Frequentist and Bayesian methods differ in many aspects but share some basic optimal properties. In real‐life prediction problems, situations exist in which a model based on one of the above paradigms is preferable depending on some subjective criteria. Nonparametric classification and regression techniques, such as decision trees and neural networks, have both frequentist (classification and regression trees (CARTs) and artificial neural networks) as well as Bayesian counterparts (Bayesian CART and Bayesian neural networks) to learning from data. In this paper, we present two hybrid models combining the Bayesian and frequentist versions of CART and neural networks, which we call the Bayesian neural tree (BNT) models. BNT models can simultaneously perform feature selection and prediction, are highly flexible, and generalise well in settings with limited training observations. We study the statistical …

Tugba Akkaya-Hocagil

Tugba Akkaya-Hocagil

Harvard University

Australian & New Zealand Journal of Statistics

Bayesian modelling of effects of prenatal alcohol exposure on child cognition based on data from multiple cohorts

High levels of prenatal alcohol exposure (PAE) result in significant cognitive deficits in children, but the exact nature of the dose‐response relationship is less well understood. To investigate this relationship, data were assembled from six longitudinal birth cohort studies examining the effects of PAE on cognitive outcomes from early school age through adolescence. Structural equation models (SEMs) are a natural approach to consider, because of the way they conceptualise multiple observed outcomes as relating to an underlying latent variable of interest, which can then be modelled as a function of exposure and other predictors of interest. However, conventional SEMs could not be fitted in this context because slightly different outcome measures were used in the six studies. In this paper we propose a multi‐group Bayesian SEM that maps the unobserved cognition variable to a broad range of observed outcomes …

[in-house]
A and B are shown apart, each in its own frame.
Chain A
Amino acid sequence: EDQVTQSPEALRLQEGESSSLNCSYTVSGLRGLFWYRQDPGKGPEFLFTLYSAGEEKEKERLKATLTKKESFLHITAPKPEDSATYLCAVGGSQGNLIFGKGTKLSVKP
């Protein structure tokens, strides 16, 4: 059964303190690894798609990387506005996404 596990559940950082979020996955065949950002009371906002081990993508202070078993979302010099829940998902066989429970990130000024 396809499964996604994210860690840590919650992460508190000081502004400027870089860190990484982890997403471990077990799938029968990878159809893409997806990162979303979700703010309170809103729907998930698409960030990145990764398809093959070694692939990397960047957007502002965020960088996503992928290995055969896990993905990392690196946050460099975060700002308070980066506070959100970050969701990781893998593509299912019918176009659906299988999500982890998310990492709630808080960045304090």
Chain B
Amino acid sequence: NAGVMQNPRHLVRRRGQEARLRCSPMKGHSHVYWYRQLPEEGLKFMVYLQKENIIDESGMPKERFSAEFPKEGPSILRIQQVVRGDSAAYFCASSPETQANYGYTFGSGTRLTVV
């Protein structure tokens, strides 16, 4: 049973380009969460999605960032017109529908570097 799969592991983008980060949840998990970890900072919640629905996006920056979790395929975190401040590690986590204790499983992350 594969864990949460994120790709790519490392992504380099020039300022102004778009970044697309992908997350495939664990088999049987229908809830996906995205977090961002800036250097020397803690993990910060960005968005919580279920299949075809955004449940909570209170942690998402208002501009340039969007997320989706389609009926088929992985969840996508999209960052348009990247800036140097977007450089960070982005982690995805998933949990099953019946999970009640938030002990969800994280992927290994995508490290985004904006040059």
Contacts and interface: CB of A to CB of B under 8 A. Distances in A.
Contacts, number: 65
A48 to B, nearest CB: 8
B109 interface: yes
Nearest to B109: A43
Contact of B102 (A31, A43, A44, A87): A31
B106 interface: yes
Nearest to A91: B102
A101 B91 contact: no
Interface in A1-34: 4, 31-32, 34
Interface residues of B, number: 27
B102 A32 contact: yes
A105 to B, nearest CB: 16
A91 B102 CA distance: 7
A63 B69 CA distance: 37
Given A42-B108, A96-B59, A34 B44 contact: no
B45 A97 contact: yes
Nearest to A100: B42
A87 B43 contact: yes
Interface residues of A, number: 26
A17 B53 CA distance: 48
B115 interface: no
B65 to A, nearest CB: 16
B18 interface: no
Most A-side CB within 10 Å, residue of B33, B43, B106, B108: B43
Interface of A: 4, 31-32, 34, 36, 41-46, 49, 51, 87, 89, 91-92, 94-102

David Azriel

David Azriel

Technion - Israel Institute of Technology

Australian & New Zealand Journal of Statistics

The role of pairwise matching in experimental design for an incidence outcome

We consider the problem of evaluating designs for a two‐arm randomised experiment with an incidence (binary) outcome under a non‐parametric general response model. Our two main results are that the a priori pair matching design is (1) the optimal design as measured by mean squared error among all block designs which includes complete randomisation. And (2), this pair‐matching design is minimax, that is, it provides the lowest mean squared error under an adversarial response model. Theoretical results are supported by simulations and clinical trial data where we demonstrate the superior performance of pairwise matching designs under realistic conditions.

Linda Haines

Linda Haines

University of Cape Town

Australian & New Zealand Journal of Statistics

Exact likelihoods for N‐mixture models with time‐to‐detection data

This paper is concerned with the formulation of N$$ N $$‐mixture models for estimating the abundance and probability of detection of a species from binary response, count and time‐to‐detection data. A modelling framework, which encompasses time‐to‐first‐detection within the context of detection/non‐detection and time‐to‐each‐detection and time‐to‐first‐detection within the context of count data, is introduced. Two observation processes which depend on whether or not double counting is assumed to occur are also considered. The main focus of the paper is on the derivation of explicit forms for the likelihoods associated with each of the proposed models. Closed‐form expressions for the likelihoods associated with time‐to‐detection data are new and are developed from the theory of order statistics. A key finding of the study is that, based on the assumption of no double counting, the likelihoods associated with …